Sen. Bernie Sanders (AP Photo/J. Scott Applewhite)

This is making it worse for Sanders: If you are still feeling the Bern — here's how not to help

A pro-Sanders group's tone-deaf joke shows exactly what you shouldn't do if you want to support his campaign


Elias Isquith
March 21, 2016 6:50PM (UTC)

Unless you’re an absolute fiend for campaign news — or, even scarier, work in media and/or politics — it’s likely that you missed the little tempest in a teapot reported here by BuzzFeed’s Evan McMorris-Santoro:

Under a barrage of criticism from Democrats, a progressive group supporting Bernie Sanders for president has retracted, and apologized for, describing Hillary Clinton’s victories in the South as winning “the Confederacy.”

But the Progressive Democrats of America’s attempt to apologize on Twitter ended with PDA getting more criticism and eventually publicly attacking some of those critics with, among other things, suggestions that Clinton supporters upset about the Confederacy line were hypocrites.

So, look: This obviously is not an important moment of the 2016 campaign. It’s not something people are likely to remember by next month, much less next campaign. It doesn’t remotely approach PUMA status; and it’s hard to imagine many people besides obsessives like yours truly remember even them.

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What’s more, Progressive Democrats of America’s tendency to shoot itself in the foot (and then reload and do it again) shouldn’t reflect much on the Sanders campaign, either. PDA vociferously supports Sanders’ run for the White House, obviously. But that hardly means the senator or his staff is responsible for whatever stupid things PDA may do. They aren’t; so their relationship with all this nonsense is, at most, tangential.

With all that being said, however, PDA’s bad day does offer us one of those so-called teachable moments. Because the sentiment that characterized their original, stupid “Confederacy” jibe — and which crept back into their Twitter account’s driver’s seat as its apologies transformed into threats to block its critics — does exist in some corners of the American Left. And it deserves criticism.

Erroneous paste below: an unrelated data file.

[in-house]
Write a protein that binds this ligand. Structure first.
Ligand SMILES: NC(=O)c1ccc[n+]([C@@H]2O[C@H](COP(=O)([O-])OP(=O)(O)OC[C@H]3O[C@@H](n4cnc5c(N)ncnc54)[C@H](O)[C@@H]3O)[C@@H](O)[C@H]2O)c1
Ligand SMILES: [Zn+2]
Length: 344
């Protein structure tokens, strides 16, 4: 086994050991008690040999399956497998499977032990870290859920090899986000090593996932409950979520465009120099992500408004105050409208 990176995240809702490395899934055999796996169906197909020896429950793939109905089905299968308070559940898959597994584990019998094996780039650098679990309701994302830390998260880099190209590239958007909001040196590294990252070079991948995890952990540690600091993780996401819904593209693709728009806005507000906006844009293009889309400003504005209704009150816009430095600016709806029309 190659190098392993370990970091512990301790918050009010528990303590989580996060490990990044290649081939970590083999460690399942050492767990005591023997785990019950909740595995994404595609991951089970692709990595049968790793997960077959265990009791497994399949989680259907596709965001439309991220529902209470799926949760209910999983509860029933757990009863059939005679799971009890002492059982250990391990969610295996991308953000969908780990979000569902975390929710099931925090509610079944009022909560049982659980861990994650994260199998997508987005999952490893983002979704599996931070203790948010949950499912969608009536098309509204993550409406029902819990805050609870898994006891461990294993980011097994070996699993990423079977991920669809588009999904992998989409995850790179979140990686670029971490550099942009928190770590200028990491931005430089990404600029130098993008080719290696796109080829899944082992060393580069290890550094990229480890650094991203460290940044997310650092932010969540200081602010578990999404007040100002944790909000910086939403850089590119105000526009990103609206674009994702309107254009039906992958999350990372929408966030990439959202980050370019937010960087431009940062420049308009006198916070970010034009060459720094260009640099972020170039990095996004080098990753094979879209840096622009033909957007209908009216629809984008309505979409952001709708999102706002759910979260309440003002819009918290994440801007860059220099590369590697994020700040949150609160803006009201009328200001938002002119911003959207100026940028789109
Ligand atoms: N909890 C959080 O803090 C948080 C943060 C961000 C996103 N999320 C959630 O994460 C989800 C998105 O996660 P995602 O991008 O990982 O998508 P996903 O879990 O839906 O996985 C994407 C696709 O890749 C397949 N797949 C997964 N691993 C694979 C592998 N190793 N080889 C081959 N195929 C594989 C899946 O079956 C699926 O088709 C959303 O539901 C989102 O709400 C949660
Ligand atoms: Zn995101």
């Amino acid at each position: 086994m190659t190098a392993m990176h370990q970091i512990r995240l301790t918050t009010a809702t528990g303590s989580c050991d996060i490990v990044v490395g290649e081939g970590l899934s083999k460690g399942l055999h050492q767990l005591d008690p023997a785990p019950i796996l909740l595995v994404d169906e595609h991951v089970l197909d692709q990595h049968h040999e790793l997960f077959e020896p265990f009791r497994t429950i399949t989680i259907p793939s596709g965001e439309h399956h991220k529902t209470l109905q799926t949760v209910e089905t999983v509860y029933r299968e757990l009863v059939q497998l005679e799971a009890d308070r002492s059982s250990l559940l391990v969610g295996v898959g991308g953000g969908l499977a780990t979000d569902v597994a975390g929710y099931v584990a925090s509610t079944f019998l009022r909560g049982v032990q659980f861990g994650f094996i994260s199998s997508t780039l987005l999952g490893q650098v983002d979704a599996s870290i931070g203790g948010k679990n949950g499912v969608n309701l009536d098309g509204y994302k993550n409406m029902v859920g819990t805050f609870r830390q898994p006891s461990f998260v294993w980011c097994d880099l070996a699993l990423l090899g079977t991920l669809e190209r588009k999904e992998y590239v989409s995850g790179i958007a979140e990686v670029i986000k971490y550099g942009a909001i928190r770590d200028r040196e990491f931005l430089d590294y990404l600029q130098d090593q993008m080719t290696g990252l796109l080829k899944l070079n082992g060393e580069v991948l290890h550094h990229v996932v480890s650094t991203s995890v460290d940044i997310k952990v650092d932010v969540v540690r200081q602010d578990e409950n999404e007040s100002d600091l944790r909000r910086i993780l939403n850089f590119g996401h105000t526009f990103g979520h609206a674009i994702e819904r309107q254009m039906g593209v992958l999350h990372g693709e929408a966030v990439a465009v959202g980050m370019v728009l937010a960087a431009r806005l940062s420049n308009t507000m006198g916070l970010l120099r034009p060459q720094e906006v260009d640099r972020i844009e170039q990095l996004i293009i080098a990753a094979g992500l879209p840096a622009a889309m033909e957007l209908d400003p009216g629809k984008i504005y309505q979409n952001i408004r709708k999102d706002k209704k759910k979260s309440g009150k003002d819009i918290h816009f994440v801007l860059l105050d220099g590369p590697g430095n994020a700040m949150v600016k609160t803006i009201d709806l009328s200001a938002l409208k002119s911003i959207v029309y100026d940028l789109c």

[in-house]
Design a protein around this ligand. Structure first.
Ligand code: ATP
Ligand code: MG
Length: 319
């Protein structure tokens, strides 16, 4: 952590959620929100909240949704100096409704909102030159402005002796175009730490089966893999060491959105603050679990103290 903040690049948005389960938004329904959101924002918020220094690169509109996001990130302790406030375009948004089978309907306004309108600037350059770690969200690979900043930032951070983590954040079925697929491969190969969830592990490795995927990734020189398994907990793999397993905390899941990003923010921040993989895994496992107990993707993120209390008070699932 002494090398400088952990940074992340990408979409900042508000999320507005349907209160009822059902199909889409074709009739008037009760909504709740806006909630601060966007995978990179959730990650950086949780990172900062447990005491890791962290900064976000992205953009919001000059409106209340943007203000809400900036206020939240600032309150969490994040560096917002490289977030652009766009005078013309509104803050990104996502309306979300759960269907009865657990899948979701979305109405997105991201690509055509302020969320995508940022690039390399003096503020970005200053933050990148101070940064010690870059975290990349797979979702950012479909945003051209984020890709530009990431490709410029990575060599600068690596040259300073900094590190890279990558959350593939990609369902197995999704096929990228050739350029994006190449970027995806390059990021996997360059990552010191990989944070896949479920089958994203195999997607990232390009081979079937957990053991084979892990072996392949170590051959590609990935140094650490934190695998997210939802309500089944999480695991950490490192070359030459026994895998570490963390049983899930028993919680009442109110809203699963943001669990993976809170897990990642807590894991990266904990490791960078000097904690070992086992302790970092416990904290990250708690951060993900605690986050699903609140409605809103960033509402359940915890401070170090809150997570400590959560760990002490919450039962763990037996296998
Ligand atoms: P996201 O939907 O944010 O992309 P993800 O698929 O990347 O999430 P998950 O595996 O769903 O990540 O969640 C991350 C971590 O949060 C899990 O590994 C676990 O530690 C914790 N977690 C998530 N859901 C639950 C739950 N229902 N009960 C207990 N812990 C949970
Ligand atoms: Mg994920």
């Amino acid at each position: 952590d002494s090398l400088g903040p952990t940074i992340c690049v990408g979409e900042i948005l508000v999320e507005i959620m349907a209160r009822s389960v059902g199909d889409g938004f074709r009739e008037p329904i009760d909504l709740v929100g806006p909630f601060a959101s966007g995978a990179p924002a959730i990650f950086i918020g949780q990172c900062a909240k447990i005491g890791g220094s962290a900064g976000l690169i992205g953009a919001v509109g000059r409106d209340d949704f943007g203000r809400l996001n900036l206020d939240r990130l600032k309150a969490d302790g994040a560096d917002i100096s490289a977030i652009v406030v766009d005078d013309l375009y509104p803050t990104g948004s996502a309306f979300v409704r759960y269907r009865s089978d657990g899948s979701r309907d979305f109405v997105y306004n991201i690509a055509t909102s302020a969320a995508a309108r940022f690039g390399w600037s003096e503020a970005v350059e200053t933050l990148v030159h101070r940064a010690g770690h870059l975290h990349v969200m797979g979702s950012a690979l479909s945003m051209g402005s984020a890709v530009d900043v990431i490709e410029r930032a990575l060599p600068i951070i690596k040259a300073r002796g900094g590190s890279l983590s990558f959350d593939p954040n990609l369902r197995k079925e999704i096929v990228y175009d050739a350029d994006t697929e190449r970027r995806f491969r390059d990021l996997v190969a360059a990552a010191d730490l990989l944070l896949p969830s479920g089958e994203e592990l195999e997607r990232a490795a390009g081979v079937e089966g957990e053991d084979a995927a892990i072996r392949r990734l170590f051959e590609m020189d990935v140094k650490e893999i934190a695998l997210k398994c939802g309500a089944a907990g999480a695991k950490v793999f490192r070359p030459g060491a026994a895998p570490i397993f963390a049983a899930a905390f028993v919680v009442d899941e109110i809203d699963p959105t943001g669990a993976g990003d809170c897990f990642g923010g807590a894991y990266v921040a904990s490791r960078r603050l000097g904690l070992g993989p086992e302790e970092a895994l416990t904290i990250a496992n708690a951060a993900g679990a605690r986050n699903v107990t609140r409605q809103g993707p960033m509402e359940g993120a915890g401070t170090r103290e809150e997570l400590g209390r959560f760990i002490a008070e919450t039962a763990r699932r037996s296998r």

If I had to describe that sentiment in one word, I’d go with “insular.” That’s certainly how I’d describe the “Confederacy” joke; and it’s how I’d describe an advocacy organization that could say such a stupid thing about a region where Democrats are disproportionately African-American. In fact, calling PDA’s behavior “insular” is being kind. Because the joke wasn’t just tone-deaf; it was contemptuous.

Then again, I suppose it’s only fair to withhold judgment as to PDA’s insularity until we know what, exactly, the group imagines it’s doing. If PDA exists in much the same way as Facebook groups like “I fucking love science” or “Nihilist memes” — as vehicles, in other words, where individuals with a shared cultural identity can congregate and revel in their separateness — then fine. In that case, sneering at those who prefer Clinton to Sanders makes sense.

But if PDA is supposed to be a political advocacy organization that exists in order to help Bernie Sanders win enough votes to become U.S. president, then the insularity embodied in that Confederacy wisecrack is a huge problem. It suggests that PDA is not interested in persuasion or in the perspective of those who don’t agree with it already. If you’re a Democrat who isn’t on the Sanders bandwagon by now, you’re just on the wrong side of history. You’re like the confederates; and who cares about them?

I’ll give PDA this much: Dismissing those who’ve rejected your values (or, more accurately, the version of your values you offered to them) is indeed a good source of emotional catharsis. We’re all only human; and I understand the desire to lash-out and to vent. But the point of politics isn’t to make activists feel better — and raising your middle finger to the people whose support you still need is a funny way to run an advocacy campaign.

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Elias Isquith

Elias Isquith is a former Salon staff writer.

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